Crews hoping for wet weather to help combat lightning-sparked wildfires in California faced a new threat Wednesday: too much rain.
Flash flood warnings were posted for much of the eastern Sierra Nevada on Wednesday as the National Weather Service predicted a 40 percent chance of rain over a cluster of wildfires in Plumas National Forest.
Fire officials worried that crews battling a 22,000-acre blaze about 125 miles northeast of Sacramento could face mudslides on burned-over slopes.
That blaze was only about 20 percent contained late Tuesday, after afternoon lightning sparked some new spot fires on the parched terrain, fire information officer Jill Poulsen said.
Elsewhere in the Sierra, crews in the Inyo National Forest were busy trying to control new spot fires and gained little on a 35,000-acre wildfire, roughly 55 square miles, which was about 80 percent contained Tuesday, said U.S. Forest Service spokeswoman Nancy Upham.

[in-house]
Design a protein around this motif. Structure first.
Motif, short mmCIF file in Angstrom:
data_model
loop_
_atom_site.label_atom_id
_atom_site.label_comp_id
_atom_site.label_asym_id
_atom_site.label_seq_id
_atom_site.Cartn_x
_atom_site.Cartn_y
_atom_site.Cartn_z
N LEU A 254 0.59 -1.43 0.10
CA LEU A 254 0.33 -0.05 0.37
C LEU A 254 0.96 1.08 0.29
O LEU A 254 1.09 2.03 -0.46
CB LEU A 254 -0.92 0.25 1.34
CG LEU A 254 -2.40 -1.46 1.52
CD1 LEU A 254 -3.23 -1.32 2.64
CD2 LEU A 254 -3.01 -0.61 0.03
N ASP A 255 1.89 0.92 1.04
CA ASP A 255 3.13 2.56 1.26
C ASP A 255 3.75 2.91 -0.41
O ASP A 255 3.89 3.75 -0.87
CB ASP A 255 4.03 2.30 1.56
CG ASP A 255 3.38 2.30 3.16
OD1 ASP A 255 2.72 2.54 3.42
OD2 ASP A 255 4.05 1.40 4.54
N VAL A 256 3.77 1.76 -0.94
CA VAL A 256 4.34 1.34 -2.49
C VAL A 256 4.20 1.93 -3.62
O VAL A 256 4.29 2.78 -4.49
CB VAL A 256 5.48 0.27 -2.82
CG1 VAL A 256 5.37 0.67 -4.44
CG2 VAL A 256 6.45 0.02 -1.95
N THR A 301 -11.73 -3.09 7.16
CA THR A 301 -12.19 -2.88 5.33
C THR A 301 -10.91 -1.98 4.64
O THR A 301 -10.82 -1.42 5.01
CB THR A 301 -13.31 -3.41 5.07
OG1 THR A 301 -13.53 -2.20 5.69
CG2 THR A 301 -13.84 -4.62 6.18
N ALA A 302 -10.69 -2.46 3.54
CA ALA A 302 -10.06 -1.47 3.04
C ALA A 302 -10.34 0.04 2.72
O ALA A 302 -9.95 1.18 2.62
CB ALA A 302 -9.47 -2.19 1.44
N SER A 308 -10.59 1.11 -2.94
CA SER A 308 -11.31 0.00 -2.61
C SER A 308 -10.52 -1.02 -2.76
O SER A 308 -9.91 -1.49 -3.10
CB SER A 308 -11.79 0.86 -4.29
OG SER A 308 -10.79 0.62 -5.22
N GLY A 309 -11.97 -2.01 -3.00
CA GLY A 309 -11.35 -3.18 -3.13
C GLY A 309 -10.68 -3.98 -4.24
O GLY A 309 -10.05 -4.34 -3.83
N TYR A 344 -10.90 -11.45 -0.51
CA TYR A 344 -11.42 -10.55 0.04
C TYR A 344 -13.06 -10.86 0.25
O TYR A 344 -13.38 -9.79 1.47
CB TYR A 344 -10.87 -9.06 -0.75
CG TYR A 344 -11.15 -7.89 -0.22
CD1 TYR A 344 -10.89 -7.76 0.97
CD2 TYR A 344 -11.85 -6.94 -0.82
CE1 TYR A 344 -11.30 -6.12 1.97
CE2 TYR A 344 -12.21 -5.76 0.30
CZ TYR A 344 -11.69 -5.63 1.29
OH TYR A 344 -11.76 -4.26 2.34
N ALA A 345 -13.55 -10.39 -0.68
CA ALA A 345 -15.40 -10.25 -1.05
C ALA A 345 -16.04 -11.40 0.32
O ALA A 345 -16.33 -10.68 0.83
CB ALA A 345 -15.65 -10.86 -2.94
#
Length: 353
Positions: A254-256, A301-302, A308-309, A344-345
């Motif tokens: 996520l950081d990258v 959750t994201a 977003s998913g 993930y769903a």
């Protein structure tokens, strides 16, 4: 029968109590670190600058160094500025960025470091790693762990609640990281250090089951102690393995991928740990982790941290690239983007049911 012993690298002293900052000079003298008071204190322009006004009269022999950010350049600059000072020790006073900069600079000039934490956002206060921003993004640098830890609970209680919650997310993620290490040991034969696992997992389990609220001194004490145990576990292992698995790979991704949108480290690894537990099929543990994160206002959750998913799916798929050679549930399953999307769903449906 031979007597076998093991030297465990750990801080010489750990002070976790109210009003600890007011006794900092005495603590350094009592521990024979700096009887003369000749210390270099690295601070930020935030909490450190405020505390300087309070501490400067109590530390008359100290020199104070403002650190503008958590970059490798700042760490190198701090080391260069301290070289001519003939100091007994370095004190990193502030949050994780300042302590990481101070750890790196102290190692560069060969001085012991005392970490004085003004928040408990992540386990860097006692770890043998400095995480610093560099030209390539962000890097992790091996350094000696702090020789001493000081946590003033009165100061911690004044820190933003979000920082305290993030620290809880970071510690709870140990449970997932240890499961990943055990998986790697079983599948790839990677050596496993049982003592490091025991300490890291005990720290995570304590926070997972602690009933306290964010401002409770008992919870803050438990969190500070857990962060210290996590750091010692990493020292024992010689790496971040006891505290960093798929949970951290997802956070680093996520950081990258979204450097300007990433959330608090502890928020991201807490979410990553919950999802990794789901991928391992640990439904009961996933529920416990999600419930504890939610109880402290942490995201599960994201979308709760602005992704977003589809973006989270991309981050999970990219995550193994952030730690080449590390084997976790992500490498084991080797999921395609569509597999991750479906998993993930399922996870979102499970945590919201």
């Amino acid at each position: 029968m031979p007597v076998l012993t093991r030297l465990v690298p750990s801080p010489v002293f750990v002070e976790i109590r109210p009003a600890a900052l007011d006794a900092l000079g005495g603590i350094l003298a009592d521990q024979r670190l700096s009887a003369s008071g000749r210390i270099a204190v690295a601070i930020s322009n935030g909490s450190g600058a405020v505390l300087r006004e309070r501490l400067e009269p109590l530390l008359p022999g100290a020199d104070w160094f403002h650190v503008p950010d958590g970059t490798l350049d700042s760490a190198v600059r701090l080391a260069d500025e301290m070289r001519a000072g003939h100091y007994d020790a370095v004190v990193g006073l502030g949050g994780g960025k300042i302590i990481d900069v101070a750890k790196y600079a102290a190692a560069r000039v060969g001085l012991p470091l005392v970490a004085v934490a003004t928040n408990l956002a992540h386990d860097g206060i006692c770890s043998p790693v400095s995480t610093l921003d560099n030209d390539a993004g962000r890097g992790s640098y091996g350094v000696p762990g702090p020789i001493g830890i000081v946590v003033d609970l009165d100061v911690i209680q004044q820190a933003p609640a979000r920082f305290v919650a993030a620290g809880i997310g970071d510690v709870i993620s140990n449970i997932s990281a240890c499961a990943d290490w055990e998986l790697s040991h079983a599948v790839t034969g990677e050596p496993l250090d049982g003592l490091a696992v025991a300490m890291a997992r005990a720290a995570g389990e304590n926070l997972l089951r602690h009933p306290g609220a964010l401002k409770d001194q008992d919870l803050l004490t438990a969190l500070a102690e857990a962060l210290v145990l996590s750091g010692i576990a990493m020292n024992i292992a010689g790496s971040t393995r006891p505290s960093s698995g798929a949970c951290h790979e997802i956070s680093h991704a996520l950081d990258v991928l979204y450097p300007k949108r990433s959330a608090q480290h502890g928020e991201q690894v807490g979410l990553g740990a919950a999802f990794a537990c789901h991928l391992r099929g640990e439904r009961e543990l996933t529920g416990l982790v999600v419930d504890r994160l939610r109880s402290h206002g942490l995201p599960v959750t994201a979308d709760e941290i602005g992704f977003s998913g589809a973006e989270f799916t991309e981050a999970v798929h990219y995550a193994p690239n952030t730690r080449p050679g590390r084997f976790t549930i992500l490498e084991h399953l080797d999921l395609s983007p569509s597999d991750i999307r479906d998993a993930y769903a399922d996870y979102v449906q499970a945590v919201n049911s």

The fire, sparked by lightning on Friday, has destroyed six homes in an area north of Mount Whitney. Eleven firefighters have been injured.
Large wildfires were active in 12 Western states, according to the National Interagency Coordination Center.
Five of the top priority wildfires are in Utah, where crews are fighting the biggest fire in state history, which had spread across 514 square miles by early Wednesday, authorities said. The fire about 120 miles south of Salt Lake City was 30 percent contained Wednesday.
Utah fire teams also were on alert for a storm front expected to arrived Wednesday that could deliver more high wind and dry lightning.
Nevada's largest blaze — near the Idaho line — grew to about 114 square miles and was about half contained, Elko Interagency Dispatch Center Manager Bill Roach said.
The weather was cool and cloudy in the southwest corner of South Dakota, where crews expected to make significant progress on a wildfire near Hot Springs that killed a homeowner and destroyed 30 houses. The blaze had covered more than 15 square miles and was 20 percent contained.
Another round of record heat was forecast in the Northwest, adding to the problems faced by crews battling fires in Washington. High temperatures ranging up to 107 degrees were forecast for Thursday and Friday in south-central Washington, and Wednesday's forecast high in Seattle, on the usually cooler side of the state, was 97 degrees.